*** Write customised script cust-osc and then create the ISO file for CD/DVD or
    the zip file for USB flash drive.
  • * DUMP: bread: dev_seek error: error 0
    DUMP: Warning - block 1082285240 is beyond the end of '/dev/md/rdsk/d41'
    This is an unmistakable sign of a file system being
    modified while backed up. ufsdump(1) does not support this.
    For ufsdump(1), UFS must be unmounted or
    remounted read-only, or at least be in a quiet state.
    The modern alternative is to use fssnap(1) together
    With ufsdump(1)…
    ** You can use the dry run mode (”-S” option) to determine the amount of space that
    is needed before actually backing up the file system.
    *** Ufsdump makes two passes when it backs up a file system. In the first pass, it scans
    the raw device file for the file system and builds a table of directories and files in memory. Then,
    it writes the table to the backup media. In the second pass, it goes through the inodes
    in numerical order, reading the file contents and writing data to the backup media.
  • Courtesy of Sun Microsystems:
    In some cases, you may be recovering a machine that has different peripherals than the master machine.
    If you install the master system with the core, end user, developer, or entire software group, the master
    system supports only the peripheral devices that are attached to the master machine at the time of backup.
    With your disaster recovery plan, you should be able to recover a system that has different peripherals than
    the master machine. For this reason, you should install the Entire Plus OEM software group on the master machine.
    The flash archive created from the master machine with the Entire Plus OEM software group should work on any system
    that has peripheral devices supported by the installed release of the Solaris O/S.
  • * /var/tmp/orbit-* are Unix domain sockets for interprocess communication between the JDS components.
    Hence, you need to exclude them. For example:
    # flar create –n sol10 –x /var/tmp/orbit-root /nfsdir/sol10-archive.flar
  • Diagram courtesy of Sun Microsystems
  • * You can save significant time with flarcreate by using the “-S” switch, stops it calculating the archive size.
  • * You can save significant time with flarcreate by using the “-S” switch, stops it calculating the archive size.
  • * You can save significant time with flarcreate by using the “-S” switch, stops it calculating the archive size.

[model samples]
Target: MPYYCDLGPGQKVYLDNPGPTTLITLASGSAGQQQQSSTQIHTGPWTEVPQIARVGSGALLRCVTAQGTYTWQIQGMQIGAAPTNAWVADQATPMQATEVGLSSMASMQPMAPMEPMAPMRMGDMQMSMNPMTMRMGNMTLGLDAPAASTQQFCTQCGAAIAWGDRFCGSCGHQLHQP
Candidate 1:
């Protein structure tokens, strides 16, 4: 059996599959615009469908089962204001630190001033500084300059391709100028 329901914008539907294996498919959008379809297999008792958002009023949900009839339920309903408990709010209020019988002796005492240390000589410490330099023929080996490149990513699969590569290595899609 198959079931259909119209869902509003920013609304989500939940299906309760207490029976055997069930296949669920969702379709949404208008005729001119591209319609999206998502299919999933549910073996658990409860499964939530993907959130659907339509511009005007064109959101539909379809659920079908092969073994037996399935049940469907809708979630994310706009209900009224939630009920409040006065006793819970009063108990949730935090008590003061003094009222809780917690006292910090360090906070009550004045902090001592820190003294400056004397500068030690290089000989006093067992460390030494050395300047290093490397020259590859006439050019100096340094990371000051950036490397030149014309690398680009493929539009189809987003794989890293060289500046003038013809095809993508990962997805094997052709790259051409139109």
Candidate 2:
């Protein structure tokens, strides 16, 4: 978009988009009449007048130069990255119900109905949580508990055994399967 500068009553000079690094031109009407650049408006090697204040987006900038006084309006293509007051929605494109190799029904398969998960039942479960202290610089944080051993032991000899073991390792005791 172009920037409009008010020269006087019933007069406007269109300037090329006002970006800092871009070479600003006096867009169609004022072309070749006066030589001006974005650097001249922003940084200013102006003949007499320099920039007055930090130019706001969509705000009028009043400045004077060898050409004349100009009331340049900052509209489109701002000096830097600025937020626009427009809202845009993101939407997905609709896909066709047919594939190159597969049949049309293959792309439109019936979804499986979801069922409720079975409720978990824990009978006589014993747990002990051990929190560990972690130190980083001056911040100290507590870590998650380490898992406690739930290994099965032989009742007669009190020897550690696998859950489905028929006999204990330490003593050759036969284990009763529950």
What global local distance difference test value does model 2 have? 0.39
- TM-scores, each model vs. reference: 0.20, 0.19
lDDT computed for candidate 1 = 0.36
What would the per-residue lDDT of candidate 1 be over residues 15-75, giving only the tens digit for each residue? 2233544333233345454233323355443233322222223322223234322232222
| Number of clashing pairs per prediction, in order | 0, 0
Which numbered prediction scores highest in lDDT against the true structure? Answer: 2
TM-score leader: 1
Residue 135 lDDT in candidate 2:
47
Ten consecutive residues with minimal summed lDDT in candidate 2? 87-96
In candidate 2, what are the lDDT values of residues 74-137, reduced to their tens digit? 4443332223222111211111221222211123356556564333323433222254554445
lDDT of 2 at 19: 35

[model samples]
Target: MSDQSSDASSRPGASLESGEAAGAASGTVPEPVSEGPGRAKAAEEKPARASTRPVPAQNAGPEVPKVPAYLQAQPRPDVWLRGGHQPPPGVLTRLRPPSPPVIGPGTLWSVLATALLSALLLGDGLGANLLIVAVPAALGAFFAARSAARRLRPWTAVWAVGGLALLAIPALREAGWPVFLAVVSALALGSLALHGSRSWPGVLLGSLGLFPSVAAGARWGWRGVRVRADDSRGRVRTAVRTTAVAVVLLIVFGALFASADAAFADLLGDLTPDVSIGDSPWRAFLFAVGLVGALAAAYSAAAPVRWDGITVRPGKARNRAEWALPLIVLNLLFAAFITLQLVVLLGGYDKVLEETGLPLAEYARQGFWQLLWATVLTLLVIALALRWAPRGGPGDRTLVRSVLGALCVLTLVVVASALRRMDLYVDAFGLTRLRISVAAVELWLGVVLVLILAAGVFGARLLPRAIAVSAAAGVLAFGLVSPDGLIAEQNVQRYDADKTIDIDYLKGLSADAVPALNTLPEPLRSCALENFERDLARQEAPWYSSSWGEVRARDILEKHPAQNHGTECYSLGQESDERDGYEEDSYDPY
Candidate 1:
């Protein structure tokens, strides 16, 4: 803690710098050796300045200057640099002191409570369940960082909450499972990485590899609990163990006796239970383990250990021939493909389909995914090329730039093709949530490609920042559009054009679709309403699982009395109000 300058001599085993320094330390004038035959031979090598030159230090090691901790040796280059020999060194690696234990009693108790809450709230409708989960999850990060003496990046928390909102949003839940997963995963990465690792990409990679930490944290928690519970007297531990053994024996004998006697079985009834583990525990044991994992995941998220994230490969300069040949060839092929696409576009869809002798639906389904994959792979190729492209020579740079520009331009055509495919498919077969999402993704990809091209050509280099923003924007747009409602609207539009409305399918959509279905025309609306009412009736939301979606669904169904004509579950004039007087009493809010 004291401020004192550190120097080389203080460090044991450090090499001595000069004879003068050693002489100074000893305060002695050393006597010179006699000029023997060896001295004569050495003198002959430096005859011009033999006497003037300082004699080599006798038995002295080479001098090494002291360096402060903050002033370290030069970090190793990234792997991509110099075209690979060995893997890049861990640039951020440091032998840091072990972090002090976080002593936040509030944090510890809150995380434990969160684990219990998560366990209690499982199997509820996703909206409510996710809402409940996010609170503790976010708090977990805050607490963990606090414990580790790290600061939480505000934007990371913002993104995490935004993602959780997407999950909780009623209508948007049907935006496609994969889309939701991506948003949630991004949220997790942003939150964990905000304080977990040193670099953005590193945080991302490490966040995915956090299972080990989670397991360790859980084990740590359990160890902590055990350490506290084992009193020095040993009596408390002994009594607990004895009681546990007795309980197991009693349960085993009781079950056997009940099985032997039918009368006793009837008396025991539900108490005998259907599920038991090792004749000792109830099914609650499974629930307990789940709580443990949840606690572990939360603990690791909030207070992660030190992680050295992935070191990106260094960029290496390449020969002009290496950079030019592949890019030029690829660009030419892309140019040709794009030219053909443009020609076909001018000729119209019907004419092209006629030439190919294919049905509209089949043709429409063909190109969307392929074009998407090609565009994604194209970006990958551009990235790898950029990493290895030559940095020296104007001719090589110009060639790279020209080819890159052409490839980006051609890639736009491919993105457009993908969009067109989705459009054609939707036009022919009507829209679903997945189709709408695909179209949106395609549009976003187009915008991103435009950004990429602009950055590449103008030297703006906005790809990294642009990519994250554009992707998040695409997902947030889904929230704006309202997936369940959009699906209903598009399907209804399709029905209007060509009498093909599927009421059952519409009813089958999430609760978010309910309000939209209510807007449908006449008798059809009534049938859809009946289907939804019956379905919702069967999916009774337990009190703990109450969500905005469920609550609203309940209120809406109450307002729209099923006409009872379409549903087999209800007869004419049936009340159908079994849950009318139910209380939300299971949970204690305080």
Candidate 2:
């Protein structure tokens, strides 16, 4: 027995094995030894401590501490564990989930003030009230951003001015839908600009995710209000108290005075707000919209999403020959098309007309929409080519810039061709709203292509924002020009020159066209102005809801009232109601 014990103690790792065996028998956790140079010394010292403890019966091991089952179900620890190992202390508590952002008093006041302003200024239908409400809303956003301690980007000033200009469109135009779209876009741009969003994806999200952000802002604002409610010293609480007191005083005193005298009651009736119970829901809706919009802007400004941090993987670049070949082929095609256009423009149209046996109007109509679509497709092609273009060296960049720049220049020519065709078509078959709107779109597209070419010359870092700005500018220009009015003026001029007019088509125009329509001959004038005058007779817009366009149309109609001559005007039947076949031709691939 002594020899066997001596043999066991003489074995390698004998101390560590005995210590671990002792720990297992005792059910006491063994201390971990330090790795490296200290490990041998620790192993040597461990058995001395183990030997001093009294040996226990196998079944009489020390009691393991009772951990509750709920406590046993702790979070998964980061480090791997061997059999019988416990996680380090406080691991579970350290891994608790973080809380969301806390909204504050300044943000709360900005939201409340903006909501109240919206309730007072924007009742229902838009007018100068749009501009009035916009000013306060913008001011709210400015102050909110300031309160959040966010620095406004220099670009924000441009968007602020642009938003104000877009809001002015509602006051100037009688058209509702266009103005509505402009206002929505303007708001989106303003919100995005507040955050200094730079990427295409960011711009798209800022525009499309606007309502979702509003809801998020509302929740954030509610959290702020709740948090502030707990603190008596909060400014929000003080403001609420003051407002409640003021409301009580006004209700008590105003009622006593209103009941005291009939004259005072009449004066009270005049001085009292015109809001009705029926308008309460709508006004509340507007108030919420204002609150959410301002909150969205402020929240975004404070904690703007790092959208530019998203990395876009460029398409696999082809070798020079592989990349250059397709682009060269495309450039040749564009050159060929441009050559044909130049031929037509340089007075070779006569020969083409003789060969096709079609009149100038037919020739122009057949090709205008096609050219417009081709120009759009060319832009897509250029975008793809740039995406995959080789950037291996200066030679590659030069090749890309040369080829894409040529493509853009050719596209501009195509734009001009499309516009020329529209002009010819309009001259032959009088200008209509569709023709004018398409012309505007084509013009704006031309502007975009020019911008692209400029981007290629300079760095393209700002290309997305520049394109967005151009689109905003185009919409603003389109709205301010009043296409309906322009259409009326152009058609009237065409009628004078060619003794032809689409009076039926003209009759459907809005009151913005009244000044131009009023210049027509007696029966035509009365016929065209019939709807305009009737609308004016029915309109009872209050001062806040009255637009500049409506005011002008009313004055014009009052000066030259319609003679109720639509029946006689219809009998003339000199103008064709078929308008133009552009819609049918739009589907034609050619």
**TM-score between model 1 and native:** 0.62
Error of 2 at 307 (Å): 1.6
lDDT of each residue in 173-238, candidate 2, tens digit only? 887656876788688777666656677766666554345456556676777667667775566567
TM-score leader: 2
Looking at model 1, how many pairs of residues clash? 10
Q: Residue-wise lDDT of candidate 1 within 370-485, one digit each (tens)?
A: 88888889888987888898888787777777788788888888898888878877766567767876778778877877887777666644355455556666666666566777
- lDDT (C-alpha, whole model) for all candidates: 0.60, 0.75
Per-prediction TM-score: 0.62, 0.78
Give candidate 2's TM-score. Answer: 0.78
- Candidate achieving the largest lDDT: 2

• * You can save significant time with flarcreate by using the “-S” switch, stops it calculating the archive size.
  • Errors generated:
    Fssnap: write: error 28: No space left on device
  • Example:
    Log in to the console of a zone running on serv1 and create a full flash
    (this does not work properly with an image created from a global zone!):
    zone1# flarcreate -n "" -S /var/tmp/zone1.flar (anywhere but /tmp)
  • If you don’t want to use the interactive prompt, you need to specify at least the -f, -k, -m, -t, and -s flags:
    The -f flag forces btcreate to overwrite an existing file system.
    The -k flag specifies the name of the kernel configuration file in /usr/sys/conf.
    The -m flag allows you to specify a memory file system or a partition to use during the restore.
    The -t flag specifies the device to back up to.
    The -s flag allows you to specify a file that contains a list of file systems to back up.
    NOTE: Bootable tapes are not supported on all systems and all drives - check the btcreate(1) man page or the Tru64 System Administration manual.
    Common practice is to install CD-ROM O/S and restore a vdump session from tape when a system disk is lost.
  • If you don’t want to use the interactive prompt, you need to specify at least the -f, -k, -m, -t, and -s flags:
    The -f flag forces btcreate to overwrite an existing file system.
    The -k flag specifies the name of the kernel configuration file in /usr/sys/conf.
    The -m flag allows you to specify a memory file system or a partition to use during the restore.
    The -t flag specifies the device to back up to.
    The -s flag allows you to specify a file that contains a list of file systems to back up.
    NOTE: Bootable tapes are not supported on all systems and all drives - check the btcreate(1) man page or the Tru64 System Administration manual.
    Common practice is to install CD-ROM O/S and restore a vdump session from tape when a system disk is lost.
  • * Courtesy of Eric van Dijken in ITRC Forums
  • * Data Protector Express and Data Protector are separate products that share
    “Data Protector” name. There is no compatibility between the two products.
  • Unix and Linux Common Boot Disk Disaster Recovery Tools by Dusan Baljevic

    1. 1. Common Disaster Recovery Tools In Unix and Linux* © 2008 Dusan Baljevic The information contained herein is subject to change without notice
    2. 2. Business Continuity Plans and Backups • People make IT support a complex issue! • Disaster Recovery must be based on Business Continuity Plans and meet the requirements as set in the following question: What is the cost of downtime per hour? March 1, 2014 Webinar 2
    3. 3. Loss of Data - Most Feared Threat Human error 35 Systems failure 31 % o f re s p o nd e nts Supply chain disruption 29 Virus, worm or other malicious attack on IT systems 28 Employee malfeasance (e.g. theft or fraud) 25 Natural disasters, such as fires or floods 22 Unplanned downtime of online systems 22 Terrorism 16 Power outage 13 Pandemic 13 Application failure Industrial Action March 1, 2014 12 8 Webinar 3